Typically cast as cartoonish he-men, Johnson visibly savors a character who is still larger-than-life, and yet also something of a scoundrel who can brood as often as he flashes that patented childlike grin. He even appears to channel a bit of Bogie in his early scenes, playing a feigned weariness that just makes audiences love him all the more when he inevitably does the right thing. Blunt, meanwhile, proves again why she doesn’t need a cape to seem powerful on-screen. By instilling Lily with a quick-witted intelligence and contagious enthusiasm for everything she attempts, Blunt appears to be having more fun on-camera than any film since Mary Poppins Returns—only this is a decidedly giddier time for the audience too.
Whenever Glen Ficarra and John Requa’s screenplay is allowed to play out in its purest state, Jungle Cruise is an outright joy to watch. You see it every time Johnson and Blunt banter about his love of pun-heavy dad jokes, or how she starts calling him “Skippy” after he nicknames her “Pants.” On paper, a romantic pairing of these two stars might raise an eyebrow, but each actor’s charisma is as wide as their river. So perhaps it should’ve been obvious that when together, theirs would be a pleasure cruise.
Of course this being a modern Disney blockbuster, it is not only old school Hollywood formula at play. And, sadly, not all of the newer elements make for as enchanting a ride. While nearly all of the action in the film suffers from the glossy sheen of CG-enhancement to the point of distraction, at least for the first half of the picture its couched in a rip-roaring swashbuckling aesthetic. Submarine torpedoes are narrowly averted! Jungle vines are swung on!! A leopard literally starts a ballroom brawl!!!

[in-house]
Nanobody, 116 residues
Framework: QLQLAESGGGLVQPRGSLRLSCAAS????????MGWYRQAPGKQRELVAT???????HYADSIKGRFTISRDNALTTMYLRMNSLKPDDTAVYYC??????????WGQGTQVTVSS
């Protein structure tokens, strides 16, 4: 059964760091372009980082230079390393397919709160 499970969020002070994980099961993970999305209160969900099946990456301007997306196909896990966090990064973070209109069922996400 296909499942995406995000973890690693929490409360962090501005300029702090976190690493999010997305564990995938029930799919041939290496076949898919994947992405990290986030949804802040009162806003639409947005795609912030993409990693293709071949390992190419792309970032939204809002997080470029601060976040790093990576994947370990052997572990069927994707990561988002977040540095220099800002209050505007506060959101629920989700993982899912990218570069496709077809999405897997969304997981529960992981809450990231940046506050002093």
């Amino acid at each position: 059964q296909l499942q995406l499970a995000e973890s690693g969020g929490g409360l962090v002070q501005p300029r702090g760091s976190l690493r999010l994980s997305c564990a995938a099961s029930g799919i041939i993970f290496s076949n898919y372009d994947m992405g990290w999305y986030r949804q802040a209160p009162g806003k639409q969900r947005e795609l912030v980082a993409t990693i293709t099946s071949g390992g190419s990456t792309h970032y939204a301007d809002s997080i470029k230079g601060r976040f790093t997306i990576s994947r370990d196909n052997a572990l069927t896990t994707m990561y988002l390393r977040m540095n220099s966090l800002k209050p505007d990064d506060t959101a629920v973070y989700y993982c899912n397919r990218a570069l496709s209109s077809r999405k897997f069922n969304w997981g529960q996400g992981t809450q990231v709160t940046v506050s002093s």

Less winning is the almost certain studio note to include something “supernatural” and digitally enhanced. Despite Jungle Cruise having perfectly good militaristic German foils to play off of—which always worked for Indiana Jones—the studio nevertheless clumsily throws in undead Conquistadors from antiquity, and whose cursed powers look an awful lot like Bobby Cannavale’s digital add-ons when he played the thankless baddie in Jumanji: Welcome to the Jungle. The superfluous subplot is all the more baffling when Jesse Plemons is in the wings providing an amusingly camp villain named Prince Joachim.
The film’s cluttered tripping over antagonists suggests there’s a committee room somewhere in the bowels of Burbank which never made up its mind. Perhaps that’s also the reason Whitehall’s brother character completely fades into the foliage after the first act.
Jungle Cruise is not a perfect movie, but it’s a perfectly good reason to go back to a multiplex this summer. More than anything Disney has released in ages, the picture recalls a time when Walt could get talent like Kirk Douglas or Julie Andrews to show up for a yarn that evoked the grown-up entertainments of their era: Winsome performances and travelogue vistas selling an adventure more than any special effects. And Johnson and Blunt’s affect is so good on this thing, whether they’re fighting flesh-and-blood enemies or each other, that it makes you hope we’ll see more attractions like this in the summers downstream.
Jungle Cruise opens in theaters and on Disney+’s Premier Access on Friday, July 30.